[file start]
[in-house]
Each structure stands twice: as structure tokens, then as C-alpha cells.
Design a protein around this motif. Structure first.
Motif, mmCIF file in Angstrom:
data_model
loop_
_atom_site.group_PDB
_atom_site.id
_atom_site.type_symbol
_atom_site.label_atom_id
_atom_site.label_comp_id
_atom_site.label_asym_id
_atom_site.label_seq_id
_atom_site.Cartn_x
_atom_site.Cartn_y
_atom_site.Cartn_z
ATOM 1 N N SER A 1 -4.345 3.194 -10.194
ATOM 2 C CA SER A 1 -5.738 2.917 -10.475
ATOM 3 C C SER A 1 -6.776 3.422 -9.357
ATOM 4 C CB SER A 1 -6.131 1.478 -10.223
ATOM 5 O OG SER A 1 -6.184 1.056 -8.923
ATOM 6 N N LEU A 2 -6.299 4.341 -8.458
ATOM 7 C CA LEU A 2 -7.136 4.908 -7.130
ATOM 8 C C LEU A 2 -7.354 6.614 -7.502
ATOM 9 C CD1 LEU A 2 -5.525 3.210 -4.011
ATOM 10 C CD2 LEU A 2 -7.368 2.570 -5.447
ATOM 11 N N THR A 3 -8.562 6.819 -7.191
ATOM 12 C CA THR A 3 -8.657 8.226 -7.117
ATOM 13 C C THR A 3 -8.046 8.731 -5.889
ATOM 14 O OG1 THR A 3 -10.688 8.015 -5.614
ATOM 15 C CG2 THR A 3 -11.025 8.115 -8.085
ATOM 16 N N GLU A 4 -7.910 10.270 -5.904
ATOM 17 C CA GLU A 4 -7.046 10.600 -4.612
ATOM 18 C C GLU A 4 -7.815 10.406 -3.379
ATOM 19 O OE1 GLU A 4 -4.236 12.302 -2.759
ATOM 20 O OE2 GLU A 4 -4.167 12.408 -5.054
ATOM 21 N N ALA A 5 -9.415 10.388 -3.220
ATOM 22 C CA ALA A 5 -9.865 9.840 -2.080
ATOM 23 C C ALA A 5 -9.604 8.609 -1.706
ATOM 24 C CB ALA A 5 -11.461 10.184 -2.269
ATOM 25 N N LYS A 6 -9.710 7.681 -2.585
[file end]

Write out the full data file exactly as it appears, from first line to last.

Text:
[in-house]
Each structure stands twice: as structure tokens, then as C-alpha cells.
Design a protein around this motif. Structure first.
Motif, mmCIF file in Angstrom:
data_model
loop_
_atom_site.group_PDB
_atom_site.id
_atom_site.type_symbol
_atom_site.label_atom_id
_atom_site.label_comp_id
_atom_site.label_asym_id
_atom_site.label_seq_id
_atom_site.Cartn_x
_atom_site.Cartn_y
_atom_site.Cartn_z
ATOM 1 N N SER A 1 -4.345 3.194 -10.194
ATOM 2 C CA SER A 1 -5.738 2.917 -10.475
ATOM 3 C C SER A 1 -6.776 3.422 -9.357
ATOM 4 C CB SER A 1 -6.131 1.478 -10.223
ATOM 5 O OG SER A 1 -6.184 1.056 -8.923
ATOM 6 N N LEU A 2 -6.299 4.341 -8.458
ATOM 7 C CA LEU A 2 -7.136 4.908 -7.130
ATOM 8 C C LEU A 2 -7.354 6.614 -7.502
ATOM 9 C CD1 LEU A 2 -5.525 3.210 -4.011
ATOM 10 C CD2 LEU A 2 -7.368 2.570 -5.447
ATOM 11 N N THR A 3 -8.562 6.819 -7.191
ATOM 12 C CA THR A 3 -8.657 8.226 -7.117
ATOM 13 C C THR A 3 -8.046 8.731 -5.889
ATOM 14 O OG1 THR A 3 -10.688 8.015 -5.614
ATOM 15 C CG2 THR A 3 -11.025 8.115 -8.085
ATOM 16 N N GLU A 4 -7.910 10.270 -5.904
ATOM 17 C CA GLU A 4 -7.046 10.600 -4.612
ATOM 18 C C GLU A 4 -7.815 10.406 -3.379
ATOM 19 O OE1 GLU A 4 -4.236 12.302 -2.759
ATOM 20 O OE2 GLU A 4 -4.167 12.408 -5.054
ATOM 21 N N ALA A 5 -9.415 10.388 -3.220
ATOM 22 C CA ALA A 5 -9.865 9.840 -2.080
ATOM 23 C C ALA A 5 -9.604 8.609 -1.706
ATOM 24 C CB ALA A 5 -11.461 10.184 -2.269
ATOM 25 N N LYS A 6 -9.710 7.681 -2.585